Ultrafast Fabrication of Thermoelectric Films by Pulsed Light Sintering of Colloidal Nanoparticles on Flexible and Rigid Substrates
Sintered thermoelectric (TE) nanoparticle films are known to have a high figure-of-merit ZT factor and are considered for waste hear recovery and heating and cooling applications. The conventional process of thermal sintering of TE nanoparticles requires an inert environment and long heating times, and cannot be used on polymer substrates due to the requirements of the process (e.g., heating up to 400 °C). In this communication, the authors demonstrate for the first time the use of an intense flash of UV light from a Xenon lamp to sinter TE nanoparticles within milliseconds under ambient conditions on flexible polymer as well as glass substrates to create functional TE films. Photonic sintering is used to fabricate Bismuth Telluride thermoelectric films with a conductivity of 3200 S m−1 (a 5-6 orders of magnitude increase over unsintered films) and a peak power factor of 30 µW m−1 K−2. Modeling is used to gain an insight into the physical processes occurring during photonic sintering process and identify the critical parameters controlling the process. This work opens-up an exciting possibility of extremely rapid fabrication of TE generators under ambient conditions on a variety of flexible and rigid substrates.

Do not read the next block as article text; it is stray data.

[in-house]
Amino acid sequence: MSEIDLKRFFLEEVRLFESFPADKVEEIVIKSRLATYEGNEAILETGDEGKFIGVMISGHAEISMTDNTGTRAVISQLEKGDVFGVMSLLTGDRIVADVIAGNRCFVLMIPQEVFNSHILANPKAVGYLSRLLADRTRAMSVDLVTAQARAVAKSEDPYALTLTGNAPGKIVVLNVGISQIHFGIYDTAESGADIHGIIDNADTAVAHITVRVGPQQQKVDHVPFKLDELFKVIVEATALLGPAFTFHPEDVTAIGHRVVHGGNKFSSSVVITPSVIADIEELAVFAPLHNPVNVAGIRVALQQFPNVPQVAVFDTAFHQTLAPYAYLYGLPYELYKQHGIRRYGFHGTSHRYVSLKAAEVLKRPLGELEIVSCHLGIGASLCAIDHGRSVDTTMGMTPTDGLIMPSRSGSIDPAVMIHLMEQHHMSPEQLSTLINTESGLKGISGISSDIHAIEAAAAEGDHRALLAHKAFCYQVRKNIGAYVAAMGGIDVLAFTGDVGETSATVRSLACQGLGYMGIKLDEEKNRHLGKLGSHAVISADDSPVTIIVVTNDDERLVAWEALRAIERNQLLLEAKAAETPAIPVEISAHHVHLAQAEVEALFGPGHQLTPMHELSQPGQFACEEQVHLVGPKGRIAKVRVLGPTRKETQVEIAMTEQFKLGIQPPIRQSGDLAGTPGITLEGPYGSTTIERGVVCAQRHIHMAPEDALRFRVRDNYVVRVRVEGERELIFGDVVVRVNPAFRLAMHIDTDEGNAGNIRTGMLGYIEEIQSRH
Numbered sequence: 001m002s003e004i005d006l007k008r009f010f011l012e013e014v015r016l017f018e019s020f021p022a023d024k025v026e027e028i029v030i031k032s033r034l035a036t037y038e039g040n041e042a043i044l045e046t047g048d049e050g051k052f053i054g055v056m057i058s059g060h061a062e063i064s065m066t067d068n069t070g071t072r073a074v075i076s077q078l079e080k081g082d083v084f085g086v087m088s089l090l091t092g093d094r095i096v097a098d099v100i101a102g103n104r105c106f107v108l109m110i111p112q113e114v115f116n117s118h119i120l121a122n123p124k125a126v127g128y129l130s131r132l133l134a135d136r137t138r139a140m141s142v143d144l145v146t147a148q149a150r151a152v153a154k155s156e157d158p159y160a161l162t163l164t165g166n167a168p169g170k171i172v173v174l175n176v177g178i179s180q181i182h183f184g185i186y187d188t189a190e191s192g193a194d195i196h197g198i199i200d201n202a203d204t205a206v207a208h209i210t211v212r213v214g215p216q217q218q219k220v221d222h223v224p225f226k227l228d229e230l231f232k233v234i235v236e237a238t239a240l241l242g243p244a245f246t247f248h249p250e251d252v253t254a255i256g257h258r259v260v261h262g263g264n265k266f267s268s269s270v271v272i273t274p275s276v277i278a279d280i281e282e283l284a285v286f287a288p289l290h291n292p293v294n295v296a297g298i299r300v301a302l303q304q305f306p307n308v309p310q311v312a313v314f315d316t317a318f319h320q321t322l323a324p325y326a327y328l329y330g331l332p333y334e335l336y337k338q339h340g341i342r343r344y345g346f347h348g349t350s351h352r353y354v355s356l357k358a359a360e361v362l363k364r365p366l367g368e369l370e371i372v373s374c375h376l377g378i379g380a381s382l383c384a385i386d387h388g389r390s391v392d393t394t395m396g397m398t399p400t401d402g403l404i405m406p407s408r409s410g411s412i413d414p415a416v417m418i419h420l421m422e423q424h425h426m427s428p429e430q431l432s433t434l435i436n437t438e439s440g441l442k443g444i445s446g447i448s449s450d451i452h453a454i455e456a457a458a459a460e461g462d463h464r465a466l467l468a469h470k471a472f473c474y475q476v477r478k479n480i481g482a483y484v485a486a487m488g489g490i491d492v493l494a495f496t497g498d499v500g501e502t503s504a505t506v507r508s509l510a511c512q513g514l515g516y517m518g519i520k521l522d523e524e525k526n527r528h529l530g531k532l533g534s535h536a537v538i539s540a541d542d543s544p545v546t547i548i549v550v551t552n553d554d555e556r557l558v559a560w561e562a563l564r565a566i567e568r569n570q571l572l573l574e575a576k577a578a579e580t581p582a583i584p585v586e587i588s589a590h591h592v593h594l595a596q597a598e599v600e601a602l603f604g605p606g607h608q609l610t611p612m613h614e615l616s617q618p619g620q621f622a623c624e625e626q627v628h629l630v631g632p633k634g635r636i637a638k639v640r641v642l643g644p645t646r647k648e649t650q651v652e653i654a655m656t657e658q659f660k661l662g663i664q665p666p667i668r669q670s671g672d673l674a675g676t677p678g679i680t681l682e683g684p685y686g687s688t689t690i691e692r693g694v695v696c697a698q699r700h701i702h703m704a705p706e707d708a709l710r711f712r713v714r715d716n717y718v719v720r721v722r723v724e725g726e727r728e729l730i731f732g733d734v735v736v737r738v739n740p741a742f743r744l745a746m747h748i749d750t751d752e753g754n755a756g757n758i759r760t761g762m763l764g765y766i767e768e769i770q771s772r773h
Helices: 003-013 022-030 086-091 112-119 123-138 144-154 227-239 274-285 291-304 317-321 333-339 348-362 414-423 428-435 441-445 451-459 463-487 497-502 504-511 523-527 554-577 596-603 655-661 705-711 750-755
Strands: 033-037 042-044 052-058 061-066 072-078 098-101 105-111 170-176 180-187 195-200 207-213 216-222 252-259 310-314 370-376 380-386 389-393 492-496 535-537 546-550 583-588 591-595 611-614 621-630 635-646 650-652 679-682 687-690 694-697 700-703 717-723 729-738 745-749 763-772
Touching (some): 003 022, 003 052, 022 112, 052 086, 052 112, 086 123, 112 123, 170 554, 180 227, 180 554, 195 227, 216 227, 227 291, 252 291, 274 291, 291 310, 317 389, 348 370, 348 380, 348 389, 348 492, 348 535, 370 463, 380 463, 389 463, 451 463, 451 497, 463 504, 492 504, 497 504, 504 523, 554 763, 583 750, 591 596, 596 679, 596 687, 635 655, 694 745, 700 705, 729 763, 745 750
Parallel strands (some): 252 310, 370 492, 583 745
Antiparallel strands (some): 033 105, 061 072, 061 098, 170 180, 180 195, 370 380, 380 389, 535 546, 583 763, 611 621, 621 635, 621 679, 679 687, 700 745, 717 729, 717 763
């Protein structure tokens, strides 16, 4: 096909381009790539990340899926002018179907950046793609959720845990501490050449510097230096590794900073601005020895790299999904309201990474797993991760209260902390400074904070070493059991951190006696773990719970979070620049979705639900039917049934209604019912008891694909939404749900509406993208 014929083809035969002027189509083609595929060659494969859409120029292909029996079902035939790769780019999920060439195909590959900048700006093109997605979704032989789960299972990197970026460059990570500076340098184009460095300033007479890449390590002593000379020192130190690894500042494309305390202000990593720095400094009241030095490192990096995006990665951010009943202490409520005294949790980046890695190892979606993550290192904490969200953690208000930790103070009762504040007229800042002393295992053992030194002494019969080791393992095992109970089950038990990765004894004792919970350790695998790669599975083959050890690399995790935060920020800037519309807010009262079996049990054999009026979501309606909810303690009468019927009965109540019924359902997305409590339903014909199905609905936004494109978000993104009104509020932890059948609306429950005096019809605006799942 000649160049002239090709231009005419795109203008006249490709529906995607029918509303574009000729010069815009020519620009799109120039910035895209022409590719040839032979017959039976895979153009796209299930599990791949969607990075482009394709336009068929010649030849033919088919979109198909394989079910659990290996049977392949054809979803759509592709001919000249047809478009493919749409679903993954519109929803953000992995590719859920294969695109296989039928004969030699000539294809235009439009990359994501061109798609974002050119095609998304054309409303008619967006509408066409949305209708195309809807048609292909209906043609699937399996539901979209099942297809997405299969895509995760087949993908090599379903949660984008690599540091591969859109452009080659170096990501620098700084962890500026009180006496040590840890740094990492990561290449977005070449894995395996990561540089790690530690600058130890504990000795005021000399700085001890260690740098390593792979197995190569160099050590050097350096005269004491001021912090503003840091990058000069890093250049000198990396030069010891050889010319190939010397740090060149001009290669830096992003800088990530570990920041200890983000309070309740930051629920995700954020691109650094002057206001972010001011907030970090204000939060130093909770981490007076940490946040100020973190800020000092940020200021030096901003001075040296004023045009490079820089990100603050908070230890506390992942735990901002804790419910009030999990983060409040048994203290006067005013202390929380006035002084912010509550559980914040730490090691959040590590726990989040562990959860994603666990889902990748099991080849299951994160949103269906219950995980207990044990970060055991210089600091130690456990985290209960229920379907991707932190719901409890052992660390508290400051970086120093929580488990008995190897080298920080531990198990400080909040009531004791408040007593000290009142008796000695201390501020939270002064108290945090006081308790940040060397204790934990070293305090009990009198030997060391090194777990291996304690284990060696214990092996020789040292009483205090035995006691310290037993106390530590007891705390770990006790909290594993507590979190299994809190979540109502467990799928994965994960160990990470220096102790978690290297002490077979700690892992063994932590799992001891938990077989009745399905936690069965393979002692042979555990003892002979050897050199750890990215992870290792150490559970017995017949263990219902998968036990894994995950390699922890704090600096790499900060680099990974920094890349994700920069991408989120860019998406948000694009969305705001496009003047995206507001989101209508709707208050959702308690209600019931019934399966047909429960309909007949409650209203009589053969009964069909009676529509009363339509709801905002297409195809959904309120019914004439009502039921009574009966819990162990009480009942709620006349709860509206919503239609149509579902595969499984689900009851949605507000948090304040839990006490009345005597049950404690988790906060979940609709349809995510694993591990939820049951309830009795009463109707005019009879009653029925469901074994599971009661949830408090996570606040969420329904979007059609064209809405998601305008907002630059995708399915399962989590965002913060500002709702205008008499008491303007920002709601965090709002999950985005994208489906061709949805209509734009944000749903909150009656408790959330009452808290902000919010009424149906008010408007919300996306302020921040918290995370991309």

R. Danaei et al., "Ultrafast Fabrication of Thermoelectric Films by Pulsed Light Sintering of Colloidal Nanoparticles on Flexible and Rigid Substrates," Advanced Engineering Materials, vol. 21, no. 1, Wiley, Jan 2019.
The definitive version is available at https://doi.org/10.1002/adem.201800800
Mechanical and Aerospace Engineering
Center for High Performance Computing Research
Keywords and Phrases
Bi-Te nanoparticles; energy harvesting; photonic sintering; power factor; thermoelectrics; ZT factor
International Standard Serial Number (ISSN)
Article - Journal
© 2019 Wiley, All rights reserved.
01 Jan 2019
National Science Foundation, Grant 1545659